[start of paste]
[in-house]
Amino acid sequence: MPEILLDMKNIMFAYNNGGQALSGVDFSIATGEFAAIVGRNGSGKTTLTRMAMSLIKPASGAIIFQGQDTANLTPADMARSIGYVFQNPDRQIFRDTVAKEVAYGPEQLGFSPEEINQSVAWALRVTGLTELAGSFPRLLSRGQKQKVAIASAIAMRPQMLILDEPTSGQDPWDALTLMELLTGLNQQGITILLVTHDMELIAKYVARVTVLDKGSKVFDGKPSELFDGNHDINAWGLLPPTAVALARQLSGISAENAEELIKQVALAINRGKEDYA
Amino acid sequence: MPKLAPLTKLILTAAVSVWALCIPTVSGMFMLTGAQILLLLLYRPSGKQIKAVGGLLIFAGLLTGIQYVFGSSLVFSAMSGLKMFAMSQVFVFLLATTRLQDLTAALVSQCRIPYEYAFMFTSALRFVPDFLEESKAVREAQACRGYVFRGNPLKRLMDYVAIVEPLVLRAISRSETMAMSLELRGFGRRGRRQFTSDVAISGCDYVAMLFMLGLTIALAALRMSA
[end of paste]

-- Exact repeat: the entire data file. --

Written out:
[in-house]
Amino acid sequence: MPEILLDMKNIMFAYNNGGQALSGVDFSIATGEFAAIVGRNGSGKTTLTRMAMSLIKPASGAIIFQGQDTANLTPADMARSIGYVFQNPDRQIFRDTVAKEVAYGPEQLGFSPEEINQSVAWALRVTGLTELAGSFPRLLSRGQKQKVAIASAIAMRPQMLILDEPTSGQDPWDALTLMELLTGLNQQGITILLVTHDMELIAKYVARVTVLDKGSKVFDGKPSELFDGNHDINAWGLLPPTAVALARQLSGISAENAEELIKQVALAINRGKEDYA
Amino acid sequence: MPKLAPLTKLILTAAVSVWALCIPTVSGMFMLTGAQILLLLLYRPSGKQIKAVGGLLIFAGLLTGIQYVFGSSLVFSAMSGLKMFAMSQVFVFLLATTRLQDLTAALVSQCRIPYEYAFMFTSALRFVPDFLEESKAVREAQACRGYVFRGNPLKRLMDYVAIVEPLVLRAISRSETMAMSLELRGFGRRGRRQFTSDVAISGCDYVAMLFMLGLTIALAALRMSA